Fall into obscurity
Back in the Ottoman capital in February 1907 George survived an assassination attempt when a man wielding a dagger attempted to stab him in his chest, however he escaped with just a scratch after the dagger hit a thick pocket book he was carrying. Five months later in July 1907 a bomb went off outside the US Embassy in Constantinople. As George lived in a house adjourning the embassy word spread that it was an assassination attempt by agents of King Peter Karageorgevich. This explanation for the bombing was met with some scepticism and viewed by some as an attempt to use the explosion to keep George in the public eye. The following month it was reported that he had attempted to take his own life after the Ottoman authorities had refused to allow him to assume the surname Obrenović. There may however have been other issues on his mind as an investigation into the bombing concluded that George had set it up himself to make it look like an attempt on his life. As a result, he was expelled from Turkey by the Sultan. The discovery also cost George his inheritance from his grandfather who was furious at his grandsons actions wrote him out of his will. His grandfather died later that year before any chance for reconciliation could ever take place.
Now banished from Turkey George made his way to Paris before heading to Austria-Hungary where he received some support from his late father’s friends who saw the potential that he may oneday ascend the Serbian throne. To help boost his finances failed attempts were also made to secure a rich wife from Austria-Hungary or America for him. When the support came to an end he largely disappeared from view travelling around Europe and falling into debt. Eventually he fell into comparative poverty and tried his hand at a number of different jobs to survive. After his attempt to work in the Austro-Hungarian state ministries failed due his lack of qualifications he worked at various jobs such as a stable boy and professional jockey before trying his hand at singing in Café’s and on stage, until he was forced to abandon that career by the police due to the fact he had been billing himself as a prince. He then went on to work as a waiter, and a porter in sleeping cars on the Orient Express. His name reappeared in connection to his old pretensions during the Great War when it was falsely reported in January 1916 that he had been proclaimed King of Serbia by the Germans and Austro-Hungarians.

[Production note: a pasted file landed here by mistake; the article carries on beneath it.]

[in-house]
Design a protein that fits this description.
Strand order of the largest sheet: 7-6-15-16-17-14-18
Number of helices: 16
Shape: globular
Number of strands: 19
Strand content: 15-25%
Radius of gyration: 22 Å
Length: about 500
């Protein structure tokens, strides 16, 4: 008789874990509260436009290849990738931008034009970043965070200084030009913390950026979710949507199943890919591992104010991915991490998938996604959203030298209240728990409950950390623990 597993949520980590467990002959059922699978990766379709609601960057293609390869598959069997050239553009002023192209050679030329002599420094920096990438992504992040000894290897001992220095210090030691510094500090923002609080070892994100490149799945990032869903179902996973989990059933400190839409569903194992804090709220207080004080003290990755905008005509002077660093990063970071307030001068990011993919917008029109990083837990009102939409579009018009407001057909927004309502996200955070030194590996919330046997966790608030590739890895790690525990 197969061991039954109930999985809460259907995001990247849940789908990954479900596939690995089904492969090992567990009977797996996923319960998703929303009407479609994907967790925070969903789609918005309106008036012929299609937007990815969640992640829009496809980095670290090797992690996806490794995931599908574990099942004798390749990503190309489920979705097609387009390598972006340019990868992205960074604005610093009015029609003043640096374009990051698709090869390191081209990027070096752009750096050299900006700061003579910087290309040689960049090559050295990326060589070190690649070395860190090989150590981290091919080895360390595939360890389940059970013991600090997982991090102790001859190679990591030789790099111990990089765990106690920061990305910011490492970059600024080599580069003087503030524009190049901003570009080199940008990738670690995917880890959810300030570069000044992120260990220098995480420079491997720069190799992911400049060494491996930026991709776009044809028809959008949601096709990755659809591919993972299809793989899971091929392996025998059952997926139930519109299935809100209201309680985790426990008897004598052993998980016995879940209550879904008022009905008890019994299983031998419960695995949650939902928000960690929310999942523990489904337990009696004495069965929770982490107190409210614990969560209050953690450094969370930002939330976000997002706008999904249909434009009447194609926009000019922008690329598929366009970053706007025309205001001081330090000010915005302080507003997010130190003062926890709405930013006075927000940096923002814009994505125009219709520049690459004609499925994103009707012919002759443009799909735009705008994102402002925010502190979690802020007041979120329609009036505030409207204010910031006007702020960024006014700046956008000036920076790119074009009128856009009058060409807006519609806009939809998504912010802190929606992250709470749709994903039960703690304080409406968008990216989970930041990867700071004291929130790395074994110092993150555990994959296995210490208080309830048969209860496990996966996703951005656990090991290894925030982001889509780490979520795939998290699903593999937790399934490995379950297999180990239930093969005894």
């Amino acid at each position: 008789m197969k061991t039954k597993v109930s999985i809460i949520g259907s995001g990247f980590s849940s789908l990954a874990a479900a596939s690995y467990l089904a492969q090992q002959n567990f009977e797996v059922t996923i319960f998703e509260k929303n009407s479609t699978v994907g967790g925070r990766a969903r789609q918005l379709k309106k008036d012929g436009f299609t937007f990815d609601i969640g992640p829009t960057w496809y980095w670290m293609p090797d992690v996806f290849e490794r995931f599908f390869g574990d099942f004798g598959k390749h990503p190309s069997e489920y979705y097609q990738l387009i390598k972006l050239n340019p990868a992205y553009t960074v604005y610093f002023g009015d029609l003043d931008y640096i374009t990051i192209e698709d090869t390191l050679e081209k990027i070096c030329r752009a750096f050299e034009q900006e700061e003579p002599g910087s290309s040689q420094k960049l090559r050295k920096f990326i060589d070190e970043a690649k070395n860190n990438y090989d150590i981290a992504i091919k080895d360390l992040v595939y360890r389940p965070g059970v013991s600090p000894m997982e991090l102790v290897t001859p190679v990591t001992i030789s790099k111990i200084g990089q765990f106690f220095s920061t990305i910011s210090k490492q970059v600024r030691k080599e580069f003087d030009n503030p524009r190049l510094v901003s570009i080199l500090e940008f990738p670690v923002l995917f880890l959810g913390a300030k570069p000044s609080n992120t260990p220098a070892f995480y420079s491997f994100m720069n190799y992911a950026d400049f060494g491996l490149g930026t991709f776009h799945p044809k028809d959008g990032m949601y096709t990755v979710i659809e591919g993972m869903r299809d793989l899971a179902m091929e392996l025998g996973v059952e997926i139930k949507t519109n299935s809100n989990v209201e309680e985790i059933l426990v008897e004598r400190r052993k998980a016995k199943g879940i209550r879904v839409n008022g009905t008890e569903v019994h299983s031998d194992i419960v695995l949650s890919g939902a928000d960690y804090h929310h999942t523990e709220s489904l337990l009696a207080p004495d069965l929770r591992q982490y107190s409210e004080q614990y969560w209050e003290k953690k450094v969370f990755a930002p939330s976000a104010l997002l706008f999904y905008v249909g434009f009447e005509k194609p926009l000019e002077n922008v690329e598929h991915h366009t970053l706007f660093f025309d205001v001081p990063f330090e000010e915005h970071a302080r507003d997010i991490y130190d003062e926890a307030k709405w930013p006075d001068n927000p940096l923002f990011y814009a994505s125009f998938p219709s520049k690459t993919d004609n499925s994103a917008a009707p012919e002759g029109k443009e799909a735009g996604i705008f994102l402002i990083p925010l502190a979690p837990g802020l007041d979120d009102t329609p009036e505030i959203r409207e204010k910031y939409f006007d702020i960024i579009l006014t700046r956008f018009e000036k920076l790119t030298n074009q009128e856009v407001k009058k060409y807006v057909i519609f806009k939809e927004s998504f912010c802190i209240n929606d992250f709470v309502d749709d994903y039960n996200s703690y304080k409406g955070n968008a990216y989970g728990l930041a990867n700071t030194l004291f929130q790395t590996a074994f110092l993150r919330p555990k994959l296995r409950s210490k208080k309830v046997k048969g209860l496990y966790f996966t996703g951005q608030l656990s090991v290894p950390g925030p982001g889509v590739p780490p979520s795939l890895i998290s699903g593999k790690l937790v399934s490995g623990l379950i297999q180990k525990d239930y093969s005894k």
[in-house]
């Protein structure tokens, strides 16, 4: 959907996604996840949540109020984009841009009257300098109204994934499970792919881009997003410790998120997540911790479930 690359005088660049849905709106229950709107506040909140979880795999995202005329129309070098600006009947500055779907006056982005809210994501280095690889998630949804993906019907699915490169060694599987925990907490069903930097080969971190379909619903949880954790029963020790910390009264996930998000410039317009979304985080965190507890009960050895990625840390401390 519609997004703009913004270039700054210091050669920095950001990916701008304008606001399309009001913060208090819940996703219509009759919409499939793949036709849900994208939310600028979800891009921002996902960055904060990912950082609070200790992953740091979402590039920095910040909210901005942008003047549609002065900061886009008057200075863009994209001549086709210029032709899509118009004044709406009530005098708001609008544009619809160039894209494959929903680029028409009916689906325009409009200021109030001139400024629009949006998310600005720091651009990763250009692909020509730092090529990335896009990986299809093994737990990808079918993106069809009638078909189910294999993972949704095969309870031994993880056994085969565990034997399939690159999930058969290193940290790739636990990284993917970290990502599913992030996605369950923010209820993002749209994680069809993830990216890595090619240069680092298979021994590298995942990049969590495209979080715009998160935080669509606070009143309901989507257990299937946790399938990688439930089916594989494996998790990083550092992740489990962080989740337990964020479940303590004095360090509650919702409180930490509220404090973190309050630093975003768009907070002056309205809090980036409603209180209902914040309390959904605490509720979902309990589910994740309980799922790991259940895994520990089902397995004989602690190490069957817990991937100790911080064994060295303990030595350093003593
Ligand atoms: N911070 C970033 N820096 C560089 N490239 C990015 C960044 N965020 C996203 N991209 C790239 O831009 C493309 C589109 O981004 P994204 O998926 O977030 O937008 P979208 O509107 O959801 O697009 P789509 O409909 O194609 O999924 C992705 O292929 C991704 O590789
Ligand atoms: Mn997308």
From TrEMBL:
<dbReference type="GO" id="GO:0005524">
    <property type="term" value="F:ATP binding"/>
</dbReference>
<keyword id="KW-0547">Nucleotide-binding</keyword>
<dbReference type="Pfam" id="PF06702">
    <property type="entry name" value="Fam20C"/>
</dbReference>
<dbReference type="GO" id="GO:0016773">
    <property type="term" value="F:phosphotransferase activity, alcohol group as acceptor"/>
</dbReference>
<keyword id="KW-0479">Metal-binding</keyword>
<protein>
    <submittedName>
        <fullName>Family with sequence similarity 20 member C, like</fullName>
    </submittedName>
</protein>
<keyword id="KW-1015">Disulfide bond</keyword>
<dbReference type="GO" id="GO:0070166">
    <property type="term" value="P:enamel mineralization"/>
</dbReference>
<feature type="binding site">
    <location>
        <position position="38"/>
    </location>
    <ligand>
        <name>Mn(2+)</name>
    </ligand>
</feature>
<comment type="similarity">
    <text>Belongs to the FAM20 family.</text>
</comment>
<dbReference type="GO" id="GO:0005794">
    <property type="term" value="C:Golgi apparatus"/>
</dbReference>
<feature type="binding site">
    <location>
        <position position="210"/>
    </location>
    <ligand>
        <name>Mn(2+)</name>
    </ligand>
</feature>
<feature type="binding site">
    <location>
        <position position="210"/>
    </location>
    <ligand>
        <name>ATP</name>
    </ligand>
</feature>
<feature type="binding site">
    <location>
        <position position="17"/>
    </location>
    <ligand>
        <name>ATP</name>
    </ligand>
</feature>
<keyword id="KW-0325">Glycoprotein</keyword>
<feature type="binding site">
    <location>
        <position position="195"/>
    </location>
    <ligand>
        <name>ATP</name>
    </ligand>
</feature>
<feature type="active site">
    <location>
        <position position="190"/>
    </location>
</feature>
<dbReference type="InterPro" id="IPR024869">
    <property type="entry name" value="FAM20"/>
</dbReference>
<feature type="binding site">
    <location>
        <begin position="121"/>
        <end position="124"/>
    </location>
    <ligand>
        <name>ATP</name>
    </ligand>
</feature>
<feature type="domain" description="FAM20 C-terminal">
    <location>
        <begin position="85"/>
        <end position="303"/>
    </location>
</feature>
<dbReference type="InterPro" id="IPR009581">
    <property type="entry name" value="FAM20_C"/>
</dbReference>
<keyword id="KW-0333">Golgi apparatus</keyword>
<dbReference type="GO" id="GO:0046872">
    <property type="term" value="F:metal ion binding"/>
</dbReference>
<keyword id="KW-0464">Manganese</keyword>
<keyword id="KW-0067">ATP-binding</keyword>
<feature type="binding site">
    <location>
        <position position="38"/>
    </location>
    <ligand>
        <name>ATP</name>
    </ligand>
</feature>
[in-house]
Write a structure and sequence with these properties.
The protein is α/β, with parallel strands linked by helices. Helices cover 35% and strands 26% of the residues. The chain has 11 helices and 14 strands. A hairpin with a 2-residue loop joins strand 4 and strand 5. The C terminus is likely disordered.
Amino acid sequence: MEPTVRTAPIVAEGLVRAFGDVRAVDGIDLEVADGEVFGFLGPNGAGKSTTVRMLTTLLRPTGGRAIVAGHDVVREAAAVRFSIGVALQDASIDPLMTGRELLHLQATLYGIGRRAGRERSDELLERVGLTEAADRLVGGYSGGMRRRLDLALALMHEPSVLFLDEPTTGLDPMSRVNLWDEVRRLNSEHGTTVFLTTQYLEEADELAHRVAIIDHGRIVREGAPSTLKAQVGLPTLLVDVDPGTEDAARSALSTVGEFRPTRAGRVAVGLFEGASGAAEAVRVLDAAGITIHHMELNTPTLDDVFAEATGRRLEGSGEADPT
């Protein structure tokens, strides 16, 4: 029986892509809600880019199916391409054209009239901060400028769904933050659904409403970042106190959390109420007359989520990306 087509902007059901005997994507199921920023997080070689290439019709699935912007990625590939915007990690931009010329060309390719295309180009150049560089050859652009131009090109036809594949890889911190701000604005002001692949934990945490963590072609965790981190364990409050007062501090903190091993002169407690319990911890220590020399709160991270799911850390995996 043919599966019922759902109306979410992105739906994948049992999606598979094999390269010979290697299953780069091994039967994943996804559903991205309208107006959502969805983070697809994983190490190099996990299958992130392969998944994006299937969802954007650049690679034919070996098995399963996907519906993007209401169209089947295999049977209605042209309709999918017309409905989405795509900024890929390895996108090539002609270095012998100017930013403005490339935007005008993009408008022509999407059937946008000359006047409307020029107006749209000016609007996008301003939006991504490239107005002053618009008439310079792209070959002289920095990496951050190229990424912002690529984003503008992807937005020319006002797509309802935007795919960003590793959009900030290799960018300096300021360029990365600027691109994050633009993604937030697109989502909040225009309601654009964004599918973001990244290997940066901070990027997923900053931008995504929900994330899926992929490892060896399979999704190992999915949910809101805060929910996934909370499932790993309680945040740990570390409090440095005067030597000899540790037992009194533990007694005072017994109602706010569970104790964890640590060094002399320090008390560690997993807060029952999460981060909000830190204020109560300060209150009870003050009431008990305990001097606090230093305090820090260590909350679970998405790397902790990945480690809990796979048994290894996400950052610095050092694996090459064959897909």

George later went on to become a writer however the only book he ever wrote, which was about the life of his father King Milan, was suppressed by the Serbian government. George Obrenović died penniless in a Hungarian poorhouse on 9 October 1925.
According to a 2003 article by the Serbian media company Novosti AD, George had a son called Stefan who served as a cavalry captain in the French Army. Stefan in turn had a son named Panta (Panka) Obrenović (also known as Mark Eme) who served as chairman of the "Fund Obrenović" until his death in Paris in early 2002.
- Allström, Carl Magnus (1904). Dictionary of royal lineage of Europe and other countries. Volume 2.
- "George Obrenovitch, The Boy Pretender to the shaky throne of Servia.", Detroit Free Press, pp. D5, 25 February 1906
- "Last Obronovitch Dies", New York Times, 11 October 1925
- "Marquise de Fontenoy", Chicago Daily Tribune, p. 10, 18 April 1908
- "Ex-King Milan", The Evening Post, LV (6), p. 5, 8 January 1898
- "Servia is a hotbed of wicked plots", The Dupuyer Acantha, p. 18, 21 September 1899
- "Milan's new intrigue", The Evening Telegram, p. 3, 10 January 1898
- Almanach de Gotha (159th ed.). Justus Perthes. 1922. p. 100.
- "Letter of Marquise de Fontenoy", Chicago Daily Tribune, p. 6, 20 October 1903
- "Peter Accepts", The Chenango Semi-Weekly Telegraph, p. 4, 17 June 1903
- "The Porte Notified", The Deseret News, p. 1, 16 June 1903
- "Fears attempt to kill young Milan", Easton Free Press, p. 1, 17 June 1903
- Almanach de Gotha. 1 (186th ed.). Almanach de Gotha. 2003. p. 349.
- "King's son is wounded in duel with student", The Washington Times, p. 4, 19 June 1906
- "Count Eugene Zichy", New York Times, 27 December 1906
- "Tries to kill Milan's son", New York Times, 7 February 1907
- "Bomb not for Leishman", The Baltimore Sun, p. 7, 17 July 1908
- "Cable News", Ashburton Guardian, XXIX (7268), p. 2, 8 January 1898
- Spencer, James (18 April 1909), "Traded claim to throne to lead life of dishonour", The Atlanta Constitution, pp. B1
- "Son of King Milan is waiter on dining car", The Miami News, p. 7, 19 August 1916
- "King's son a cafe singer", New York Times, 28 January 1909
- "Proclaim new Serb King?; Italian Story That Teutons Have Chosen Natural Son of Milan", New York Times, 13 January 1916
- Milorad BOŠNJAK (11 January 2003). "Nasleđe umesto krune". Novosti AD. Retrieved 12 September 2011.